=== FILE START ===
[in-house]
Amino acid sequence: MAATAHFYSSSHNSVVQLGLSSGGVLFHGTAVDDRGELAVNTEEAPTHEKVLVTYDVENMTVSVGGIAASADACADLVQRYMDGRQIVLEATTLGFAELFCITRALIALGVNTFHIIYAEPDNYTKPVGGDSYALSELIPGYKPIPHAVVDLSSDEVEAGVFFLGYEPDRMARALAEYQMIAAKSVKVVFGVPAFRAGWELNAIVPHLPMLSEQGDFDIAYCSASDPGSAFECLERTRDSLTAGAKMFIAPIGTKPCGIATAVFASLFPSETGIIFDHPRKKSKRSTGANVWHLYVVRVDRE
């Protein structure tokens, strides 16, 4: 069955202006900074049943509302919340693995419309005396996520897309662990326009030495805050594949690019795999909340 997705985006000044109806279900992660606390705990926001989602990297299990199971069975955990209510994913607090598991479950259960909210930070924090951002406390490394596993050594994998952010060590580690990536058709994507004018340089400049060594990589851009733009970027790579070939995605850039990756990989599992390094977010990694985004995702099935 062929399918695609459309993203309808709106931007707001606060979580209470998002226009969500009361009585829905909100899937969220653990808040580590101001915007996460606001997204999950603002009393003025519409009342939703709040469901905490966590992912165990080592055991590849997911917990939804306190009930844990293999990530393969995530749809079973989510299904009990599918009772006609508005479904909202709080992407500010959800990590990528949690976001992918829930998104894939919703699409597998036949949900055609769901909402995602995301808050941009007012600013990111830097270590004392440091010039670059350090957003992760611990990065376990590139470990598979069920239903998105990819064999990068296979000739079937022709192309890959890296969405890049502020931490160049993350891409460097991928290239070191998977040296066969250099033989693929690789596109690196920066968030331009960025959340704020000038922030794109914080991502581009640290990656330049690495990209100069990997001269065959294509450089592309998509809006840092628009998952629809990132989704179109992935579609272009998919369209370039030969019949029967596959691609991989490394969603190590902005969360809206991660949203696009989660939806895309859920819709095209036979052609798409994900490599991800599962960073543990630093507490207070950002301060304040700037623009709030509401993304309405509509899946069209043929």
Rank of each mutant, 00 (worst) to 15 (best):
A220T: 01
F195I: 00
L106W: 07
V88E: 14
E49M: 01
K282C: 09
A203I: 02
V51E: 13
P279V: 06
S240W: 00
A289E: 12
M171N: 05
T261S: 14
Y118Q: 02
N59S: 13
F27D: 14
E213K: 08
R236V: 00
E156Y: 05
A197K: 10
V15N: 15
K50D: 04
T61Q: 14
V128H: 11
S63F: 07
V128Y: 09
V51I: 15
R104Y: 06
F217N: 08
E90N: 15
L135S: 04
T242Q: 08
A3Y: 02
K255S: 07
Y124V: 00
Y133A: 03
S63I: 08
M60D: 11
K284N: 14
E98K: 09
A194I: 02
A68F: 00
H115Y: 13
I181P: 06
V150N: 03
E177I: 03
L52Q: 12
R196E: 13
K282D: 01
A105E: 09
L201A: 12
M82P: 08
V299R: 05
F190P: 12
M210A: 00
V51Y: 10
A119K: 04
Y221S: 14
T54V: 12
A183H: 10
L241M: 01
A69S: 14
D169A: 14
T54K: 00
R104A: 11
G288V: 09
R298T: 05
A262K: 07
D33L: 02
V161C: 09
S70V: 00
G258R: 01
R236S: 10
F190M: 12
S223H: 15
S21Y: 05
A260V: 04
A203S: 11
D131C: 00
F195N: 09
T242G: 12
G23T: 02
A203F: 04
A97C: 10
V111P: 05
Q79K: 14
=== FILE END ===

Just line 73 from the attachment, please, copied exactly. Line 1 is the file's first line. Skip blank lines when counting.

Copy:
D33L: 02